Ayr Industrial School for Boys, Ayr, Ayrshire, Scotland
In 1876, the boys at the Ayr Ragged and Industrial School on Carrick Street moved to their own purpose-built premises on St Leonard's Road (occasionally referred to as being on Maybole Road). The new school was erected on land formerly belonging to a property known as Commonhead. The total cost of the land and construction was around £9,000. The official opening of the building was performed by the Right Honourable Sir James Ferguson on 4 August 1878. On 14 December, the establishment was formally certified for operation as an Industrial School accommodating up to 100 boys aged from 8 to 12 years at their date of admission.
The School site is shown on the 1895 map below.
Mr Scott, who had previously been superintendent at Carrick Street, moved with the boys to take charge of the new school. By 1878 he had been replaced by Mr Andrew Ross. The matron was now Mrs Eizina Wright, whose husband, Alexander, was school teacher. Mrs Ross had taken over as matron by 1882.
An inspection in 1882 recorded 102 inmates. Some of the boys learned tailoring, some netting, and a great deal of wood-chopping was done. There school had a very good garden where some of the boys worked. A farm belonging to the school was being let to a tenant; the inspector suggested that it could be made profitable if the managers would take it into their own hands, and would provide ideal employment for the boys. The 1886 inspection found 2 boys learning shoemaking and 17 tailoring. Three boys were printing labels and circulars. A good many salmon and tennis nets were made, and knitting was taught. There was a flute band of 24 boys.
In March 1894, Mr and Mrs John Bell took over as superintendent and matron. The other staff now comprised the schoolmaster, Mr. Samuel T. Holmes; janitor and joiner, shoemaker, tailor and bandmaster, cook and laundress. The at year's inspection noted that there was a very good range of workshops in two floors. There were 15 boys working with the shoemaker, making boots for the girls' school as well as the boys. and 8 boys working with the tailor. Some paper-bag making and wood-chopping were carried out. Six boys worked with the joiner and a lathe was also at work. There were two greenhouses in use in the garden.
The 1896 inspection recorded that physical drill, and exercises with Indian clubs and dumb-bells took place three times a week. There was no gymnasium, however. All the boys and superior officers went to the race-course once a week for football or cricket. Occasional walks were taken in winter, and about once a week in summer. There was a library of 100 books, Heroes of Britain was taken weekly, and occasional donations were received of illustrated papers such as the Sketch and Graphic. There was a magic lantern but the slides were limited in number and variety. Singing was taught by the superintendent and matron three evenings a week, and an occasional concert given in the town hall.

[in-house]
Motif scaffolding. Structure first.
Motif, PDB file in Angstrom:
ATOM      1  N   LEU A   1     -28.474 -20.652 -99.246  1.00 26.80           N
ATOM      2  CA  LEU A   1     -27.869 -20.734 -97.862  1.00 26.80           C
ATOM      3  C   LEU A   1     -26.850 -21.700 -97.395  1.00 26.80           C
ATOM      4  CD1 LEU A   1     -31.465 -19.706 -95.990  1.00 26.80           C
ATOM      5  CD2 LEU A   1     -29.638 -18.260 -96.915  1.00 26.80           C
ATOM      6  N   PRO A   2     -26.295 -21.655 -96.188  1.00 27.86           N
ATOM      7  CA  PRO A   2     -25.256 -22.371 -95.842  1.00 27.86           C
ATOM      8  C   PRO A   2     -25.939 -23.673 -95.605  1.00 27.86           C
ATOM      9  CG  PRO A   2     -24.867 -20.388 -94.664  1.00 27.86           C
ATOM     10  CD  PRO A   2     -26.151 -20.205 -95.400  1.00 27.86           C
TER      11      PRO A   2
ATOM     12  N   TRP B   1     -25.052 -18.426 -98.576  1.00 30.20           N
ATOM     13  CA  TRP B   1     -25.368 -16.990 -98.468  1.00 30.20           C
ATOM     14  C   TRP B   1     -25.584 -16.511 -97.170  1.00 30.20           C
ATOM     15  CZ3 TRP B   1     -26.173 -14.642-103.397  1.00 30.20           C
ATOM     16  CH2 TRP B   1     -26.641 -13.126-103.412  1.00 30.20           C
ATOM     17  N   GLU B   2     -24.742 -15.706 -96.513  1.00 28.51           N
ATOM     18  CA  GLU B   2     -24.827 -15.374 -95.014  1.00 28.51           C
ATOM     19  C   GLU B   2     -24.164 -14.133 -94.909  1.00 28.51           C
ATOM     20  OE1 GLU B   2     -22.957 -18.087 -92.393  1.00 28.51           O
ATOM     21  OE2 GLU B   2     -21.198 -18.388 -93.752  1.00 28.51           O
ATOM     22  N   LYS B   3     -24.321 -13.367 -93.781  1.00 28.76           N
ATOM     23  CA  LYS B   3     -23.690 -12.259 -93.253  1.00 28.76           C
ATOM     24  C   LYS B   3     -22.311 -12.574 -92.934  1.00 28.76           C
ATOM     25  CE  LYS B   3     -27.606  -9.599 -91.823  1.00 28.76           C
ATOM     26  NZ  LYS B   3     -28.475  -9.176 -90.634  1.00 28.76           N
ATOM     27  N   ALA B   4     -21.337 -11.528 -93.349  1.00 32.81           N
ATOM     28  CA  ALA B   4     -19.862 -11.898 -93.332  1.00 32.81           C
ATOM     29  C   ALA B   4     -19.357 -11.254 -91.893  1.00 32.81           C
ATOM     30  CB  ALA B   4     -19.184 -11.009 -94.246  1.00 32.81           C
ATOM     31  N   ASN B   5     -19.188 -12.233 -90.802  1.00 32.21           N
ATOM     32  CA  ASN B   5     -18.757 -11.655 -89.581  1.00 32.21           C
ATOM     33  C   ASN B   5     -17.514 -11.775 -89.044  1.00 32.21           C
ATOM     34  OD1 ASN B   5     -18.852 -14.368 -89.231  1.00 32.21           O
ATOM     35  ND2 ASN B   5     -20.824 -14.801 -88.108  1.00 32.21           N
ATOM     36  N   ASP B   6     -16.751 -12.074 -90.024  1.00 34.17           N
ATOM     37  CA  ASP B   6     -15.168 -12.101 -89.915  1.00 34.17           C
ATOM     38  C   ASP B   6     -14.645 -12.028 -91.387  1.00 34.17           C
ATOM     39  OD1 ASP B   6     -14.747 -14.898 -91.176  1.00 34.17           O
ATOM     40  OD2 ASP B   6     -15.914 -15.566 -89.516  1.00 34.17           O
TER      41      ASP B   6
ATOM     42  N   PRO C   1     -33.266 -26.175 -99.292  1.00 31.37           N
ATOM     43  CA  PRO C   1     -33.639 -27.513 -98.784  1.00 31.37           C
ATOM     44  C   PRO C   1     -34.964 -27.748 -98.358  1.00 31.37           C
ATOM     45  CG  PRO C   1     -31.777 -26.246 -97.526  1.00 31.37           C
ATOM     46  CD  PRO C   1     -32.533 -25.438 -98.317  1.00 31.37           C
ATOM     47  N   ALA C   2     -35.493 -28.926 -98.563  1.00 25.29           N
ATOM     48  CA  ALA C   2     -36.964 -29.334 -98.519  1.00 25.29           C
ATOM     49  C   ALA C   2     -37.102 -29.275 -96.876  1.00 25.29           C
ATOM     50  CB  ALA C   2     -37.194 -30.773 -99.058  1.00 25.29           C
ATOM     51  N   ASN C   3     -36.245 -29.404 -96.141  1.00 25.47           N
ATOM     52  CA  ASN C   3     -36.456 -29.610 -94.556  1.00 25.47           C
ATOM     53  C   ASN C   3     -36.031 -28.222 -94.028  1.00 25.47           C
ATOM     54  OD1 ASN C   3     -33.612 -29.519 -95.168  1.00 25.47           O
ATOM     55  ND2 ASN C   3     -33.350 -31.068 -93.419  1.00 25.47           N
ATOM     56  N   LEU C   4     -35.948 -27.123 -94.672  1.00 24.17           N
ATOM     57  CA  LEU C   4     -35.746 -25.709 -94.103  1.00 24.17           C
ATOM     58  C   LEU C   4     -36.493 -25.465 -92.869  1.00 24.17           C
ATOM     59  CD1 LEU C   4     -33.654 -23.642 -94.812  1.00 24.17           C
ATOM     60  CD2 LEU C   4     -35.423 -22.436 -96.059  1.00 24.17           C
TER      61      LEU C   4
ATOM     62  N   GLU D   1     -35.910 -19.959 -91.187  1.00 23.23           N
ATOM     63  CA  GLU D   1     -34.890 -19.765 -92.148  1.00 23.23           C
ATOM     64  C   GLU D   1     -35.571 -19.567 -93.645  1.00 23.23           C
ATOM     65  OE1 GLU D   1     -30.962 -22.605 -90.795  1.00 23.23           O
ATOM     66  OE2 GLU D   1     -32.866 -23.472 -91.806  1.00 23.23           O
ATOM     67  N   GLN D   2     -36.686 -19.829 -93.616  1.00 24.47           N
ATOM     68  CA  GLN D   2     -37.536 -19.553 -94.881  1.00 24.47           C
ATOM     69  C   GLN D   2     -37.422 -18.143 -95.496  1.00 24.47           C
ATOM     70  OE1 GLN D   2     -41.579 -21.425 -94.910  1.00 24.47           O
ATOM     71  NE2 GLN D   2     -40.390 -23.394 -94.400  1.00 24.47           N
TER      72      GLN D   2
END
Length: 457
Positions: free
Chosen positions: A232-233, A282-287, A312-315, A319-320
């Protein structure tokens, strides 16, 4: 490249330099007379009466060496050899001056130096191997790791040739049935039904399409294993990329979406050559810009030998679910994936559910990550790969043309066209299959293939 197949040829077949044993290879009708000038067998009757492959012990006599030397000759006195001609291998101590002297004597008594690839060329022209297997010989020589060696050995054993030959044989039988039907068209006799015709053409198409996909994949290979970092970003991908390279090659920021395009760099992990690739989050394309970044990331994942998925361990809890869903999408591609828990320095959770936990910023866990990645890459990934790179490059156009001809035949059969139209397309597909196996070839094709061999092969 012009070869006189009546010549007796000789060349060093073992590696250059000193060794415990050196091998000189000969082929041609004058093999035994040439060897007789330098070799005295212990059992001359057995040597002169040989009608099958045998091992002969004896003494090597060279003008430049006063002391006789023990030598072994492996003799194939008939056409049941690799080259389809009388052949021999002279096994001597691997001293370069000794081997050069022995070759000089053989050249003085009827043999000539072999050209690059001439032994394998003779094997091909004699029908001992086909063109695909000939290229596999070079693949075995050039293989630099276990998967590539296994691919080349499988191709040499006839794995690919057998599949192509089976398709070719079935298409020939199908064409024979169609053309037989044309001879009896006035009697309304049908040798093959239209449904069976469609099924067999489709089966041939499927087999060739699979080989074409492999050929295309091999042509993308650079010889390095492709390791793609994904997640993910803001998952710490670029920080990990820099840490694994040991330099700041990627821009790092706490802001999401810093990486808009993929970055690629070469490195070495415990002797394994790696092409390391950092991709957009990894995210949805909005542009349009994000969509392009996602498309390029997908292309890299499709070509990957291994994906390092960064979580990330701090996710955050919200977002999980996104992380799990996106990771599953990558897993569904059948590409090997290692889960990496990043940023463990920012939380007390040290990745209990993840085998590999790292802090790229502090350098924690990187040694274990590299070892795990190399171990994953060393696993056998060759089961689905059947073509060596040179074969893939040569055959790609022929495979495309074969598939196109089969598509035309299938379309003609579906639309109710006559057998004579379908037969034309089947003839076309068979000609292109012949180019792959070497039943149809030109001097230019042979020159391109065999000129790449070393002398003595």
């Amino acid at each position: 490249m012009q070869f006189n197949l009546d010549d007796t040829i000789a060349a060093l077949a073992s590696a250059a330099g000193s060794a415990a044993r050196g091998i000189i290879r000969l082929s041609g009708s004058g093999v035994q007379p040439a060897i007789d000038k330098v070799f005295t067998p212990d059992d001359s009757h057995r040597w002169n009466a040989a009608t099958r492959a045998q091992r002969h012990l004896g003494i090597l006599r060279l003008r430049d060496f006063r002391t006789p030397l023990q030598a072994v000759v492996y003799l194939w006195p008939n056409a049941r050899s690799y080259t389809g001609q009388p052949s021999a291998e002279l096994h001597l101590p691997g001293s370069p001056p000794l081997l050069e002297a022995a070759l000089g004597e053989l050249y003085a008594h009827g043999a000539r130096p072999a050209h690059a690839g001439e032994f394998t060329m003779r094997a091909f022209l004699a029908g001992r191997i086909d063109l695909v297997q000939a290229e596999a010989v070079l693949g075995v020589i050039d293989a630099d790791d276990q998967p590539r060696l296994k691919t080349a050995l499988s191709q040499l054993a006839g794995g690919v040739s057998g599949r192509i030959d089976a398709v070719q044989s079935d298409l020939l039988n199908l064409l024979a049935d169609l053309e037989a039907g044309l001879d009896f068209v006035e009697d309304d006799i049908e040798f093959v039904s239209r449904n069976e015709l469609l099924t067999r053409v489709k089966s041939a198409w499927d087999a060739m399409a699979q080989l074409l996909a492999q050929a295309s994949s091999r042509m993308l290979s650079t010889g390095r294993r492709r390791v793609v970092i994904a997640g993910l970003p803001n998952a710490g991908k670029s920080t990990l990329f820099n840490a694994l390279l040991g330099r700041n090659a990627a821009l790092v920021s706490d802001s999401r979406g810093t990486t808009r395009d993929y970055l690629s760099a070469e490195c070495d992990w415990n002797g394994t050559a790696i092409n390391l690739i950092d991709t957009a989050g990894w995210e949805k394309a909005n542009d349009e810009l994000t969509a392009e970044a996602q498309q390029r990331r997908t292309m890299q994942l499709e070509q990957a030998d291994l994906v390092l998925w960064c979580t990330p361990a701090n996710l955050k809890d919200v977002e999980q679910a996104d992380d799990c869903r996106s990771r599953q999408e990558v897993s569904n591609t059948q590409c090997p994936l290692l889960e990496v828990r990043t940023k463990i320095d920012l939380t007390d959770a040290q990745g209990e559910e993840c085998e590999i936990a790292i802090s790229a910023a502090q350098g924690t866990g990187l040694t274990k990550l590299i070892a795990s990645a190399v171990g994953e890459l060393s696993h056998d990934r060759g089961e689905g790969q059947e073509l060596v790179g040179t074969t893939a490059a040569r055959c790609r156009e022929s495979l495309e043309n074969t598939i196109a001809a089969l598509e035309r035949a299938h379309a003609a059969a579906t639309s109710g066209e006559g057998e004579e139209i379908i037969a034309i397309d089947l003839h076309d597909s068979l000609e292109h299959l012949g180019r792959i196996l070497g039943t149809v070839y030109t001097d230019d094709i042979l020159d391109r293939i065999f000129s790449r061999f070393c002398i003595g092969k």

In 1903, the old cells at the school were converted into store-rooms. Drawing was now being taught in the classroom and manual instruction in woodwork had begun. A small printing workshop had been set up. A beginning had been made in applied gymnastics with rings and parallel bars in the yard, although a gymnasium was still lacking. The school had had a successful season at football and were holders of the Scottish Industrial School Cup. In addition to using the school's own small swimming bath, the boys practiced swimming off the coast. The inspector recommended that boys at the school should be licensed out earlier than had hitherto been the practice, perhaps nearer to 14 than 16. A home for working boys had now been set up by the school which would help in giving some of the boys a start.
On 24 April 1907, a property on King Street, Ayr, was formally licensed for use by the school as Auxiliary Home for up to eight boys.
The 1911 inspection recorded the school's staff as: superintendent and matron, Mr J. Bell and Mrs Bell; Head schoolmaster, Mr J. McLennan (left on 30 April, and was succeeded by Mr McKay); Assistant schoolmaster, Mr W.L. McKay was followed by Mr J.S. Harper on 8 May; Janitor and joiner, tailor, shoemaker. Visiting sewing-maid, domestic visiting laundress. Medical officer, Dr W.J. Lawrie; Dentist, Mr G.F. Frew. New heating apparatus had been installed and plans prepared for a gymnasium and new manual instruction room. A flag and flagstaff had been presented to the school by Sir William Arrol. The band had been supplied with uniforms. Systematic technical instruction in horticulture, fowl-keeping, tailoring, shoemaking and joinery had been given to 30 out of the 46 boys in the school who were 13 years of age or over.
Following a steady decline in the number of boys being placed at the school, it closed in 1928. The property has now been converted to residential use.
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- None identfied at present — any information welcome.
- Higginbotham, Peter Children's Homes: A History of Institutional Care for Britain s Young (2017, Pen & Sword)
- Mahood, Linda Policing Gender, Class and Family: Britain, 1850-1940 (1995, Univeristy of Alberta Press)
- Prahms, Wendy Newcastle Ragged and Industrial School (2006, The History Press)
- None noted at present.
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